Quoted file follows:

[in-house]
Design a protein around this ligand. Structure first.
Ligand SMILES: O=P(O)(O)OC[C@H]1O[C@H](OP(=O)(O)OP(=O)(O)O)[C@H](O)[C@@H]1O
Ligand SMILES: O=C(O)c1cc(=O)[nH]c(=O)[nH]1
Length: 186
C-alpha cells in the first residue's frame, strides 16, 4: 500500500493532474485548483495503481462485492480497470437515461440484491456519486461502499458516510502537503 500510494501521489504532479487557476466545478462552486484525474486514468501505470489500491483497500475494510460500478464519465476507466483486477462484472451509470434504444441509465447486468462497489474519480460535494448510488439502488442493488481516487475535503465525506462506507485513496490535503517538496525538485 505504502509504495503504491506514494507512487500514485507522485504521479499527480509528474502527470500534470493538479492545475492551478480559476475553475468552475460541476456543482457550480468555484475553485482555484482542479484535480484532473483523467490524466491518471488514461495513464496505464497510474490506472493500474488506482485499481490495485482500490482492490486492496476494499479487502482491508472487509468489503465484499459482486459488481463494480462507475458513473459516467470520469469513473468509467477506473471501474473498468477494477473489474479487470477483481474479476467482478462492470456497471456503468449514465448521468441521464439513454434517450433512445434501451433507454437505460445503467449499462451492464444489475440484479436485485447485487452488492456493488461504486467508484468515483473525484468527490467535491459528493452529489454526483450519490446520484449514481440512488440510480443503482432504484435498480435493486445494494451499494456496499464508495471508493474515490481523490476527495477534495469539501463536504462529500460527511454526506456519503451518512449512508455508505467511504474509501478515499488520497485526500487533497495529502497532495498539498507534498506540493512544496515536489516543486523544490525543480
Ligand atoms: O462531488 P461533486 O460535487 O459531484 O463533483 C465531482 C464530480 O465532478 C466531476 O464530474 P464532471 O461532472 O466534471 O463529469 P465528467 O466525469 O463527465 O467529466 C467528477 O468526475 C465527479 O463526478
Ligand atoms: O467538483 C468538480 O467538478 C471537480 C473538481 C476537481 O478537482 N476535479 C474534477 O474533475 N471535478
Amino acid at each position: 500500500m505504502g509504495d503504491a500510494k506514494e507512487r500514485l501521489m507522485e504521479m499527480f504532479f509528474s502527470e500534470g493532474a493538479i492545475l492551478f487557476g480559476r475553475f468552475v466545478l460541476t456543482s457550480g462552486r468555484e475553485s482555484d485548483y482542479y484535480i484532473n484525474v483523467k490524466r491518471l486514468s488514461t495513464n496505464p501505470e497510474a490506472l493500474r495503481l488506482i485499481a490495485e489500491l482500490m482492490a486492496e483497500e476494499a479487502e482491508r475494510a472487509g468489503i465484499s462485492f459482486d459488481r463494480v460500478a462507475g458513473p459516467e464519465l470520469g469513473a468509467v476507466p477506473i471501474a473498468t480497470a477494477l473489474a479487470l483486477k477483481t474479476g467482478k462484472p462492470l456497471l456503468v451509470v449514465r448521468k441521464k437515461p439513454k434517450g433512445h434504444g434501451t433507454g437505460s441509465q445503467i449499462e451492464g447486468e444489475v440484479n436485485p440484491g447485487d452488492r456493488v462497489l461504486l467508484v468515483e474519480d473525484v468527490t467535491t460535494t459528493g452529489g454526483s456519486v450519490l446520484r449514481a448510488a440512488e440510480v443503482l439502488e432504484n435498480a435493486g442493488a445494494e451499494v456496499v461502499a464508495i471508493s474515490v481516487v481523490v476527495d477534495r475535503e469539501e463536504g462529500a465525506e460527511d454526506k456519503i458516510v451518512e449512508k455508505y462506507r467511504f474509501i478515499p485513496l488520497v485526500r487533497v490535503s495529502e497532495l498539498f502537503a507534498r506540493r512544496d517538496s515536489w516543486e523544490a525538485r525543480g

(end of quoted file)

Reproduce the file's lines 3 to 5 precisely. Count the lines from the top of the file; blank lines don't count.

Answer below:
Ligand SMILES: O=P(O)(O)OC[C@H]1O[C@H](OP(=O)(O)OP(=O)(O)O)[C@H](O)[C@@H]1O
Ligand SMILES: O=C(O)c1cc(=O)[nH]c(=O)[nH]1
Length: 186